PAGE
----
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  1. #11
    Platinum Member
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    Default Re: There's more than one way to break a tire bead

    I think ATV tires are the worst to break a bead on because the tire itself is so soft. I too tried my loader bucket unsuccessfully. About 10 years ago I was having a time of it with some ATV tires. After thinking about this problem over a cold one, it came to me! I have a dozer, why not use the blade as I was trying with my loader? Worked slick as a whistle! I could even do a couple at once. Now any time either myself or some of my friends need some beads broke, I just fire up the dozer!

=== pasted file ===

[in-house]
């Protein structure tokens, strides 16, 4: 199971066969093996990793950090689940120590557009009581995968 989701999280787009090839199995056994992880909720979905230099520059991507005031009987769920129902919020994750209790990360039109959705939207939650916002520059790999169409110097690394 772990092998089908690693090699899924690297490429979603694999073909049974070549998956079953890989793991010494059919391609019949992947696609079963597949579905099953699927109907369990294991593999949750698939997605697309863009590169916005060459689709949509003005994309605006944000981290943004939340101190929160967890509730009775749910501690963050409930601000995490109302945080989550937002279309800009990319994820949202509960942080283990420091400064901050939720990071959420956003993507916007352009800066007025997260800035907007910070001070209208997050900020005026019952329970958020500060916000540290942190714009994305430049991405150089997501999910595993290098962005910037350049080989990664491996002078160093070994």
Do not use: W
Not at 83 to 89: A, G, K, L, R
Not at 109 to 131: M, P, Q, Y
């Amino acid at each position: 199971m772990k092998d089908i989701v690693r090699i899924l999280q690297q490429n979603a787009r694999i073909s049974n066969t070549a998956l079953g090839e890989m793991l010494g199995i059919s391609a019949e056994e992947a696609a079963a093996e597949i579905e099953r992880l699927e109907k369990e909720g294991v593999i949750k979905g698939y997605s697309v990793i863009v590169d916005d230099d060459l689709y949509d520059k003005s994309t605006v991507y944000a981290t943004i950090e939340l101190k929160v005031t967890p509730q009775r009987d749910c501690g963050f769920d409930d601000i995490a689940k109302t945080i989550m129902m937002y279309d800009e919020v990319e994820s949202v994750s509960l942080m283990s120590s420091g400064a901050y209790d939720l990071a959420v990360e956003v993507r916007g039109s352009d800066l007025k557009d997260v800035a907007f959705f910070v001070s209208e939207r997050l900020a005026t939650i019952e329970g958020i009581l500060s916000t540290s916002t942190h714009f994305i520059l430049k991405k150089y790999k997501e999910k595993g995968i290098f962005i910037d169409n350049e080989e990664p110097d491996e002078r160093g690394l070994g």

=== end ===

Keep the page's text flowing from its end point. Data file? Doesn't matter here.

_____________________________

    John Deere 4700 - FEL & Backhoe
    McCormick C80L - FEL
    Bolens G152

  2. #12
    Veteran Member
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    May 2005
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    1,398
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    N. E. Florida

    Default Re: There's more than one way to break a tire bead

    The real secret is to use a lubricant.
    I always have some used mineral spirits from my parts washer. Just pour a little around the bead and let it soak in.
    Diesel fuel, kerosene and even gas also works

  3. #13
    Super Member JDgreen227's Avatar
    Join Date
    Nov 2003
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    7,799
    Location
    Central Michigan
    Tractor
    4210 MFWD Ehydro--'89 JD 318

    Default Re: There's more than one way to break a tire bead